Theory: Making decisions in chess

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Theory: Making decisions in chess

Post by Blue Devil Knight on April 15th 2009, 11:23 pm

I just finished the article 'Making Decisions in Chess' (MDC). It is really, really good. The best of the first four I've read so far. The stuff on the qualitative values of pieces is very helpful, the bit on creating localized pockets of increased force, and even the bit on space was very good. Rather than lists or rules with no explanation or justification, this seemed to really get at underlying principles.

I'm sure we'll talk more about MDC but I also wanted to point out that the article on evaluating positions of material equality (PME) is essentially the same topic, but it was almost as if it was written by a different author. It's almost like they went to two masters, said 'Write your thoughts about evaluating a position when material is equal', and one of them produced PME, the other produced MDC. MDC wins. cheers

It would be interesting to think about the relationship between the two articles (this and PME). PME does include more focus on piece coordination that you don't find quite as explicitly here (though it is here implicitly), while MDC does a wonderful job of getting at how to evaluate individual pieces.
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Re: Theory: Making decisions in chess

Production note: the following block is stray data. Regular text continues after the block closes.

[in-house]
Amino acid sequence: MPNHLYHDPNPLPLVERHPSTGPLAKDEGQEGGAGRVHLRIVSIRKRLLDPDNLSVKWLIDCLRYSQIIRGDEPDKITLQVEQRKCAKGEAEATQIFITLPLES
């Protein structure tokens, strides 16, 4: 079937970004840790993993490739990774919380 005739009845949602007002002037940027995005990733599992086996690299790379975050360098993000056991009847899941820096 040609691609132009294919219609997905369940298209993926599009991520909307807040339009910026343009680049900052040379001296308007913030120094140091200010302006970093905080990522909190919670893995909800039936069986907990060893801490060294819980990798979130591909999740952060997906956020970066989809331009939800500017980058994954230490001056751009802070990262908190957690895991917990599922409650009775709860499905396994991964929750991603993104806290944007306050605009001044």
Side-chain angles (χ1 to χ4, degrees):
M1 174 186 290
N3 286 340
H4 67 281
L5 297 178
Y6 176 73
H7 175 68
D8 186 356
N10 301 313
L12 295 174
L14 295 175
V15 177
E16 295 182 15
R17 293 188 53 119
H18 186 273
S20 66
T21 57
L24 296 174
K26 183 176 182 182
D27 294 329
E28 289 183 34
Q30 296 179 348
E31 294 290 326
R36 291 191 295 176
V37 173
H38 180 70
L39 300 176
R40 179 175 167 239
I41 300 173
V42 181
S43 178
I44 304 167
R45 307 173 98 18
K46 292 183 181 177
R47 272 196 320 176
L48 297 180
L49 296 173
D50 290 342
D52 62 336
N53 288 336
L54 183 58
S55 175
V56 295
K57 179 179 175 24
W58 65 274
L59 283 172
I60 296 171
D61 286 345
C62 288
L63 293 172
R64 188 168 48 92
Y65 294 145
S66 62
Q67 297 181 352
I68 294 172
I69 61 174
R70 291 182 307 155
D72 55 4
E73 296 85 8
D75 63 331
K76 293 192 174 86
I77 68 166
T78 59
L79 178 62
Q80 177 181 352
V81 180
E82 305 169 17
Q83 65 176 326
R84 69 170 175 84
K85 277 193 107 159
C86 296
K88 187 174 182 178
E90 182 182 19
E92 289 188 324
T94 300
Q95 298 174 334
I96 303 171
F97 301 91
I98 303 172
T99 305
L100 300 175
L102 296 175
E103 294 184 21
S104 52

Post by HangingKing on April 21st 2009, 4:30 pm

I think it's good to have PME and MDC together, it helps integrating the information. Same thing, presented with 2 different ways, i found out it was conforting.

Something i still have difficulties to understand, is the commitment to get high quality placement for the pieces and the next move (in the studied games or diagrams) the piece is going to disapear !

So much efforts, and finally the piece is used right away. In this conditions, the concept of "stability" of outposts is quite unclear to me.

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Re: Theory: Making decisions in chess

Post by Blue Devil Knight on April 21st 2009, 10:32 pm

I see outposts not as an all or none thing, but as having degrees of stability. For instance, a Knight on e5 when the opponent's Knight is on f6 is an outpost, but not guaranteed outpost because if he moves his Knight he can move f6. However, if his f pawn is on f5 (and d pawn on d5), then an outpost on e5 is much stronger.

Further, the e5 square is black, so if his black bishop is gone, your outpost goes up a notch. Finally, if he has neither knight (say it is your knight against his light bishop), then you have what is essentially an absolute outpost on e5. Nothing is knocking him away.

This have been very useful for me in practice.
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Re: Theory: Making decisions in chess

Post by chesstiger on May 5th 2009, 8:09 am

The stability of a square is low if the square can be attacked by a pawn of the opponent.

The stability is reasonable if the square cannot be attacked by a pawn but can be attacked by a piece of the opponent of lesser or even value.

The stability of a square is high when it cannot be attacked by a pawn or a piece of the opponent of lesser or even value.

This is the same for 'stability of an outpost' in which we see an outpost as safe square for one of our pieces (mostly a knight) to have activity/threats in the position of our opponent.

The most important piece of information i found was that the 'qualitive value' of a piece is measured by 'mobility, positioning, role and stability'.
Positioning and stability i could have guessed, even mobility is something one can come up by oneself but not the factor role, atleast i didn't do so in my 20 years of practising chess.